For almost a month now, I was running a piece on my blog called “my book and the story of the book” which was about a book I was working on for the last year, after the passing away of my son on the 21st of December 2011, I was very lonely and depressed, because during the years of my son’s suffering I have at least been doing something useful with my time. I thought that the best thing I could do after the end was to write about what had happened to our son and to me and my family which was a very good idea and a great help in dealing with the sadness and bereavement which followed our son’s departure.
The book is called the Hanoudi tragedy which as I have already mentioned is a recounting of the events which followed the tragic and mistakenly shooting of my son in Baghdad on the 29th of March, 2004, the repeated surgeries which were frequently followed by very serious complications that left Nazar in a very badly damaged brain which commonly referred to as a vegetative state. The situation, forced my son into a desperate struggle for his life and plunged us into a terrible nightmare which lasted for almost eight years and during all those years and until the end. Longtime listeners recognize Jacki Lyden's voice from her frequent work as a substitute host on NPR. As a journalist who has been with NPR since 1979, Lyden regards herself first and foremost as a storyteller and looks for the distinctive human voice in a huge range of national and international stories. Jacki was always at our side graciously helping and kindly supporting us during the terrible and agonizing months and years of our tragedy.
The last update of my blog was very successful, the site was visited during the last month by at least three times more than its average ratings, it was also the first anniversary of my son’s departure and on top of all that I had fallen in a public transport bus in Mississauga/Ontario where I was spending the Christmas holiday with my daughter when I was returning to my daughter’s house after spending few hours in a public library. To make things even worse I actually fell down and injured my right knee joint which was already very badly damaged because of my longstanding arthritis which left me completely bedridden for the last ten days which left me very dejected and depressed. I suddenly received a message from Jacki on the night of the 25th which was absolutely amazing which changed my stance completely and inspired me to go ahead with this update, the next part of it is a copy of the whole letter and the title of this update is in fact the one which was at the head of Jacki’s message which is coming next.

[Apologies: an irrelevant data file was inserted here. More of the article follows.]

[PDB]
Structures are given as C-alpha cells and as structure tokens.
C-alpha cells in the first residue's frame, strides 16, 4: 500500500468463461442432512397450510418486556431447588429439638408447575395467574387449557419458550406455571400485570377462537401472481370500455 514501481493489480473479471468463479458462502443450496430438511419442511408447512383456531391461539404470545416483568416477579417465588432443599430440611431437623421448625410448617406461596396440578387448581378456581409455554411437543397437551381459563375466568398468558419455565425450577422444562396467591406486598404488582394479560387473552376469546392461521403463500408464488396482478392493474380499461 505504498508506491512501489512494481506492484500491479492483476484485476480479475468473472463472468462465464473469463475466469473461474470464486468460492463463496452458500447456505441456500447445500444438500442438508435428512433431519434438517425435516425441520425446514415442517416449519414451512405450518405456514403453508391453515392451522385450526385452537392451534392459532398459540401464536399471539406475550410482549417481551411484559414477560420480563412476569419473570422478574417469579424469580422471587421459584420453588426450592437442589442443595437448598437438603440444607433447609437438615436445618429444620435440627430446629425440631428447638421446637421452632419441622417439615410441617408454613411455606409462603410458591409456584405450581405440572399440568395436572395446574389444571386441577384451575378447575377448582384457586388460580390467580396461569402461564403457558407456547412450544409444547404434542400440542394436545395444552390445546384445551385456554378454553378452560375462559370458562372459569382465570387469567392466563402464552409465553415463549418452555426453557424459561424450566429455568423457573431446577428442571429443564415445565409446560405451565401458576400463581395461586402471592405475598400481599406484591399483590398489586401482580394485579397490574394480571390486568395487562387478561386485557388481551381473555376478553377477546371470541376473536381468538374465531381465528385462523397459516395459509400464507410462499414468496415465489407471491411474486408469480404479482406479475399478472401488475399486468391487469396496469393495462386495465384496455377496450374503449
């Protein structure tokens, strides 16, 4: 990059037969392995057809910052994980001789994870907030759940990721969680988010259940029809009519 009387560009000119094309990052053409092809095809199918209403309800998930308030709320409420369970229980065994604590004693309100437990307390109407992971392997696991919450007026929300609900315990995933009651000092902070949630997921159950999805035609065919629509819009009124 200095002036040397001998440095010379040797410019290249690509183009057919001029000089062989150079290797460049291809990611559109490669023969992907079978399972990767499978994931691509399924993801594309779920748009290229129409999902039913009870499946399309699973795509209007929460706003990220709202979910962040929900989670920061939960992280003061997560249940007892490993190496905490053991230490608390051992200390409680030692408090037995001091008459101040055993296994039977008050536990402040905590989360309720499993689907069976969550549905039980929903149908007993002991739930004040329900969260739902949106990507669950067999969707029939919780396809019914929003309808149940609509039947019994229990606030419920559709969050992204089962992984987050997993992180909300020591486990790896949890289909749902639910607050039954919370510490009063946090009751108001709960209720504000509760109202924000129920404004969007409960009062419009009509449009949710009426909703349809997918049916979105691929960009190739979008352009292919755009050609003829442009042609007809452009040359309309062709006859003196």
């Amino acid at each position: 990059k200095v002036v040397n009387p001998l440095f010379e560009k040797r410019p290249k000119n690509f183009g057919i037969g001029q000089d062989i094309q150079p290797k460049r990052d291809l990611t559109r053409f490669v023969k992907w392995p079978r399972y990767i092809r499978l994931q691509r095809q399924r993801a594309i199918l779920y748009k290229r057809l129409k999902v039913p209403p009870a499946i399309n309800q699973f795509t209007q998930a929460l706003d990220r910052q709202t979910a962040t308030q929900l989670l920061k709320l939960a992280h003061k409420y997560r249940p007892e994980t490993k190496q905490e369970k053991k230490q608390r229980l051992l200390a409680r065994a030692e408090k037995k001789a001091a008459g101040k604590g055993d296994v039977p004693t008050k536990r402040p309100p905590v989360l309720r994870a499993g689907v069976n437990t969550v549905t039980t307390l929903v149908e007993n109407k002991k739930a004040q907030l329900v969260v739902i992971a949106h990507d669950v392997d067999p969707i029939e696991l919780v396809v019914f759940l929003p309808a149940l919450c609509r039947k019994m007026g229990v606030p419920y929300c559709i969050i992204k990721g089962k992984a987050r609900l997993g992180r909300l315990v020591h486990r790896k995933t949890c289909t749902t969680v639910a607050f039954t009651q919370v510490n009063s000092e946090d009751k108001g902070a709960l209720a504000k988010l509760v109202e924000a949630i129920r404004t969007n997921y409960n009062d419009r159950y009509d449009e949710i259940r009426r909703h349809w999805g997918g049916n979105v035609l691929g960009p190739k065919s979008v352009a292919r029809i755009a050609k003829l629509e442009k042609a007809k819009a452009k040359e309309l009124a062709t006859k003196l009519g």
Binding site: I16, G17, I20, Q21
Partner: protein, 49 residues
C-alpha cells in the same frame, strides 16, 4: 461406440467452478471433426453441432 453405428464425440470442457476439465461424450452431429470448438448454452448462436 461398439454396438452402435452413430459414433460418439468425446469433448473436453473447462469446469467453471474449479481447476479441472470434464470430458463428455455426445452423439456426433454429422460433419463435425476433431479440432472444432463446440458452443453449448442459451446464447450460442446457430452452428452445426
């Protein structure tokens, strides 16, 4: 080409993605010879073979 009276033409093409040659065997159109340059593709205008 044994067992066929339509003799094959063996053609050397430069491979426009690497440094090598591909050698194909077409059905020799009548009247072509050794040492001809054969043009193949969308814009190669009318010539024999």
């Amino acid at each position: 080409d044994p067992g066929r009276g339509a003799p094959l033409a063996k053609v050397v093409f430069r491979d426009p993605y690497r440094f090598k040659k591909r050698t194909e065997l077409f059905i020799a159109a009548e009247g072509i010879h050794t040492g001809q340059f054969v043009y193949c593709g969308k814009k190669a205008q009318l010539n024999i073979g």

Hi Dearest Najeeb -- We've had an absolutely lovely Christmas, and I hope that you have, too, in Toronto. I was thrilled by your news of teaching next year. Here is the writing I was doing en route here. I will continue it and send you some pages which are direct transcriptions of your conversations. I'm so happy we've been such close friends and more than that, a family.
Lots of love from our house to yours today... Love, Jacki
Iraq, October, 2003.
The war was escalating day by day, with the hardening and inexorable calculus of loss. Every correspondent wanted the same thing-- Iraqis with whom they could connect; Iraqis who were able to bridge two cultures (at least) who didn’t resent their presence so profoundly that the war and Iraq’s history might be discussed. We were looking for these people, and they were looking for us. We were, after all, a new class of invaders in Baghdad: journalists wandering around, impossibly ignorant but also impossibly free to ask questions, to go to the wrong places, to get into all sorts of dangerous complications, from an unintentional insult to a bullet. A colleague mentioned a Dr. Najeeb Hanoudi of Mansour, whom he’d met while following some American soldiers. I went to the home of Dr. Najeeb; but he had taken a short vacation in Amman.